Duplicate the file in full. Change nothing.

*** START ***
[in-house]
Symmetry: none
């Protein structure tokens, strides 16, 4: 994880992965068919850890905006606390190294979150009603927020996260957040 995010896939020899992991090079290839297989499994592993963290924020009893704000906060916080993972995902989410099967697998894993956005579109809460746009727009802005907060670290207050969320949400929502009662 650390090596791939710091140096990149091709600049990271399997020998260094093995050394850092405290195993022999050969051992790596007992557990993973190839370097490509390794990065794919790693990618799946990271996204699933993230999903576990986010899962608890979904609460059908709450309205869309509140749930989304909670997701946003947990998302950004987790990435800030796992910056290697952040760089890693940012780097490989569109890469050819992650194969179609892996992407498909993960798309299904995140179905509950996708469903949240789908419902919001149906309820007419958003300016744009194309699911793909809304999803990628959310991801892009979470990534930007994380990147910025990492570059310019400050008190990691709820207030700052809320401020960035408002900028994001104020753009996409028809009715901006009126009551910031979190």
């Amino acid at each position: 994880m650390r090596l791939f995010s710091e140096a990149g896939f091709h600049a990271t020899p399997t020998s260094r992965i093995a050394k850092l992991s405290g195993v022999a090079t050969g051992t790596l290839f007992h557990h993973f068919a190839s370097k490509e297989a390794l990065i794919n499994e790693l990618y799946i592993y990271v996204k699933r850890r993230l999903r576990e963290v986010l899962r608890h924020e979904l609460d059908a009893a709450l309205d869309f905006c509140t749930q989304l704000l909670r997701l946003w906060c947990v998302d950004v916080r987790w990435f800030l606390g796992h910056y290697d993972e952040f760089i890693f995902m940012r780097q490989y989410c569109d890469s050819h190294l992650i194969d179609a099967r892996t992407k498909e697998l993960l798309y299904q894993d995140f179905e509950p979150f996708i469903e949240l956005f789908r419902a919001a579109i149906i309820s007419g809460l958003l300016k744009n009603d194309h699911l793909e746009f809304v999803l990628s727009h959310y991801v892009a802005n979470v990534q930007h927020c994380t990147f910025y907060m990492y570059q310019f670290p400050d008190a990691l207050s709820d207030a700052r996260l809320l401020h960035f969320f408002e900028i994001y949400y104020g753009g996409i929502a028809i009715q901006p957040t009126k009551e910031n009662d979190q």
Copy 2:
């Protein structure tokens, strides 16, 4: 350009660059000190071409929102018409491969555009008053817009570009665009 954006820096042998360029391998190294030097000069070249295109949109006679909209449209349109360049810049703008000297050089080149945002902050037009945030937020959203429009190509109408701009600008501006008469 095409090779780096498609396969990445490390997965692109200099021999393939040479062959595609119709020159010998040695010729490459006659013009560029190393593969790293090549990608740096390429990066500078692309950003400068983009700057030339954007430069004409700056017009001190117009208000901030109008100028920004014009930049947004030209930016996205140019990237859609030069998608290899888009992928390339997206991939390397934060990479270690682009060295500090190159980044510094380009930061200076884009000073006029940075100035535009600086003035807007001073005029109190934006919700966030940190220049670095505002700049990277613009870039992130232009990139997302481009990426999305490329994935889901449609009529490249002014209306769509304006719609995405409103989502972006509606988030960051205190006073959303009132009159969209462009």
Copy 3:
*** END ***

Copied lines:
[in-house]
Symmetry: none
């Protein structure tokens, strides 16, 4: 994880992965068919850890905006606390190294979150009603927020996260957040 995010896939020899992991090079290839297989499994592993963290924020009893704000906060916080993972995902989410099967697998894993956005579109809460746009727009802005907060670290207050969320949400929502009662 650390090596791939710091140096990149091709600049990271399997020998260094093995050394850092405290195993022999050969051992790596007992557990993973190839370097490509390794990065794919790693990618799946990271996204699933993230999903576990986010899962608890979904609460059908709450309205869309509140749930989304909670997701946003947990998302950004987790990435800030796992910056290697952040760089890693940012780097490989569109890469050819992650194969179609892996992407498909993960798309299904995140179905509950996708469903949240789908419902919001149906309820007419958003300016744009194309699911793909809304999803990628959310991801892009979470990534930007994380990147910025990492570059310019400050008190990691709820207030700052809320401020960035408002900028994001104020753009996409028809009715901006009126009551910031979190």
């Amino acid at each position: 994880m650390r090596l791939f995010s710091e140096a990149g896939f091709h600049a990271t020899p399997t020998s260094r992965i093995a050394k850092l992991s405290g195993v022999a090079t050969g051992t790596l290839f007992h557990h993973f068919a190839s370097k490509e297989a390794l990065i794919n499994e790693l990618y799946i592993y990271v996204k699933r850890r993230l999903r576990e963290v986010l899962r608890h924020e979904l609460d059908a009893a709450l309205d869309f905006c509140t749930q989304l704000l909670r997701l946003w906060c947990v998302d950004v916080r987790w990435f800030l606390g796992h910056y290697d993972e952040f760089i890693f995902m940012r780097q490989y989410c569109d890469s050819h190294l992650i194969d179609a099967r892996t992407k498909e697998l993960l798309y299904q894993d995140f179905e509950p979150f996708i469903e949240l956005f789908r419902a919001a579109i149906i309820s007419g809460l958003l300016k744009n009603d194309h699911l793909e746009f809304v999803l990628s727009h959310y991801v892009a802005n979470v990534q930007h927020c994380t990147f910025y907060m990492y570059q310019f670290p400050d008190a990691l207050s709820d207030a700052r996260l809320l401020h960035f969320f408002e900028i994001y949400y104020g753009g996409i929502a028809i009715q901006p957040t009126k009551e910031n009662d979190q």
Copy 2:
């Protein structure tokens, strides 16, 4: 350009660059000190071409929102018409491969555009008053817009570009665009 954006820096042998360029391998190294030097000069070249295109949109006679909209449209349109360049810049703008000297050089080149945002902050037009945030937020959203429009190509109408701009600008501006008469 095409090779780096498609396969990445490390997965692109200099021999393939040479062959595609119709020159010998040695010729490459006659013009560029190393593969790293090549990608740096390429990066500078692309950003400068983009700057030339954007430069004409700056017009001190117009208000901030109008100028920004014009930049947004030209930016996205140019990237859609030069998608290899888009992928390339997206991939390397934060990479270690682009060295500090190159980044510094380009930061200076884009000073006029940075100035535009600086003035807007001073005029109190934006919700966030940190220049670095505002700049990277613009870039992130232009990139997302481009990426999305490329994935889901449609009529490249002014209306769509304006719609995405409103989502972006509606988030960051205190006073959303009132009159969209462009």
Copy 3: